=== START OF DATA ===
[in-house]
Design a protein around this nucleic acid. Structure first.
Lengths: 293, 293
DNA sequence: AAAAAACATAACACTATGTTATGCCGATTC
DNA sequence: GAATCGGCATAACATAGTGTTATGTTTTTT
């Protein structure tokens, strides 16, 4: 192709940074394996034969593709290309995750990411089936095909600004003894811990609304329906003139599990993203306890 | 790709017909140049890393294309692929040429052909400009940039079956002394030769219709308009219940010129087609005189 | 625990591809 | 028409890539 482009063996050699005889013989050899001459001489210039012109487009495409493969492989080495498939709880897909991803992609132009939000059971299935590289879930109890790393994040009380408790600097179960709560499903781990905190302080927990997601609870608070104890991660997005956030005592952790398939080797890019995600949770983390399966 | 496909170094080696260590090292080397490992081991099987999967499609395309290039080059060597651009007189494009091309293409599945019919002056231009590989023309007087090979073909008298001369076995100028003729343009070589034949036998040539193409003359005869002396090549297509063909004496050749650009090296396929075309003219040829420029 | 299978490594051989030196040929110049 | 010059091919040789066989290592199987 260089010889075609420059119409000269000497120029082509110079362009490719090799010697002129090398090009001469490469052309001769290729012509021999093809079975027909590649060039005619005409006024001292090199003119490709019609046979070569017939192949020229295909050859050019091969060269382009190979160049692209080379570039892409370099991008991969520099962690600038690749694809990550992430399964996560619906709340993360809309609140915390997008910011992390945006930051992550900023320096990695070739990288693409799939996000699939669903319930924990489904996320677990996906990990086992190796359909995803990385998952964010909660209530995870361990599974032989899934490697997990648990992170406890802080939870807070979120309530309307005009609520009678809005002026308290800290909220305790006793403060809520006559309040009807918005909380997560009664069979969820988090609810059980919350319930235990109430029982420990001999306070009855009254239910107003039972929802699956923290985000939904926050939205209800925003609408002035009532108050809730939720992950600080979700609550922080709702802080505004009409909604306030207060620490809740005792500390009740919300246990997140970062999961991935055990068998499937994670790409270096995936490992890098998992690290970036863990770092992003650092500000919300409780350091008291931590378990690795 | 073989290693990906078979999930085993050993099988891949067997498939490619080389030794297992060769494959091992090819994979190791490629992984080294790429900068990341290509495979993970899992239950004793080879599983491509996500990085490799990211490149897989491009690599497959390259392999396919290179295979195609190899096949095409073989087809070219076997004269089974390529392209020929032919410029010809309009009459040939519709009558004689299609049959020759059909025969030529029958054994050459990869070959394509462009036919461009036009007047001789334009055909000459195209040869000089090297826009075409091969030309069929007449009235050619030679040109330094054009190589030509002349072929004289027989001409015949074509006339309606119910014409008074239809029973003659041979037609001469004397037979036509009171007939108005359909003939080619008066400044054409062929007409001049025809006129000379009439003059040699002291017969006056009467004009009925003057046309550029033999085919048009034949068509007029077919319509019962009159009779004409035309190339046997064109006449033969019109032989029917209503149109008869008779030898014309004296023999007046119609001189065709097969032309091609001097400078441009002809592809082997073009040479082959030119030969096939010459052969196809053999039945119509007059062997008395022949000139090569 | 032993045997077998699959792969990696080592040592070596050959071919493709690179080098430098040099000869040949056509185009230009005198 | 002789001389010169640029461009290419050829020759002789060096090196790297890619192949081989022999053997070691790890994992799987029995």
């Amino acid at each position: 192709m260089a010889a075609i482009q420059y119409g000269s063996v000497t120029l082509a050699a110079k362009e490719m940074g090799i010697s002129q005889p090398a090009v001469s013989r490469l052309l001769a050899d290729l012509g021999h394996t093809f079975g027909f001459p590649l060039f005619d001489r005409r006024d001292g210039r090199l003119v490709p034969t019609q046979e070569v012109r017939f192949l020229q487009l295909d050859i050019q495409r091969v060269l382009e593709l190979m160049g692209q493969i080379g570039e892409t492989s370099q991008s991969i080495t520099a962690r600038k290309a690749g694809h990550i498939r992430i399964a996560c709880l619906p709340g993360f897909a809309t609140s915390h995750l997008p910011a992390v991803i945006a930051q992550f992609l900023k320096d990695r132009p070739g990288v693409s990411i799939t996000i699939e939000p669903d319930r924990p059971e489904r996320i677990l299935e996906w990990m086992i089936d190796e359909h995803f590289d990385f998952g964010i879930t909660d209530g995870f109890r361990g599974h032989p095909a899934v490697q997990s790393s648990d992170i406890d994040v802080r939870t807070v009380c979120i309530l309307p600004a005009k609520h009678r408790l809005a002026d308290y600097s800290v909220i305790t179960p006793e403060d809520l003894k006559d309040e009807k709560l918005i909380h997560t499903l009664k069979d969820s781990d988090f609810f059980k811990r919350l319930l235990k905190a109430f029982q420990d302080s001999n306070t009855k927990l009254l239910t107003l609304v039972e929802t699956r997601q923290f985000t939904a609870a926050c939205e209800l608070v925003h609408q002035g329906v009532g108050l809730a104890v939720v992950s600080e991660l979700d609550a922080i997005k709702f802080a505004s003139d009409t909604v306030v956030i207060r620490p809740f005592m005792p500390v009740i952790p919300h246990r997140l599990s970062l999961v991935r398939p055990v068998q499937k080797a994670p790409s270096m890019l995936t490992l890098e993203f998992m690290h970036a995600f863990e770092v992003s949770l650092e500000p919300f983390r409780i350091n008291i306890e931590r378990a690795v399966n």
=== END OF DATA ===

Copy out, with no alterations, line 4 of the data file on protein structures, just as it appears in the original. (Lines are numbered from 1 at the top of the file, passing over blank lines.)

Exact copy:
DNA sequence: AAAAAACATAACACTATGTTATGCCGATTC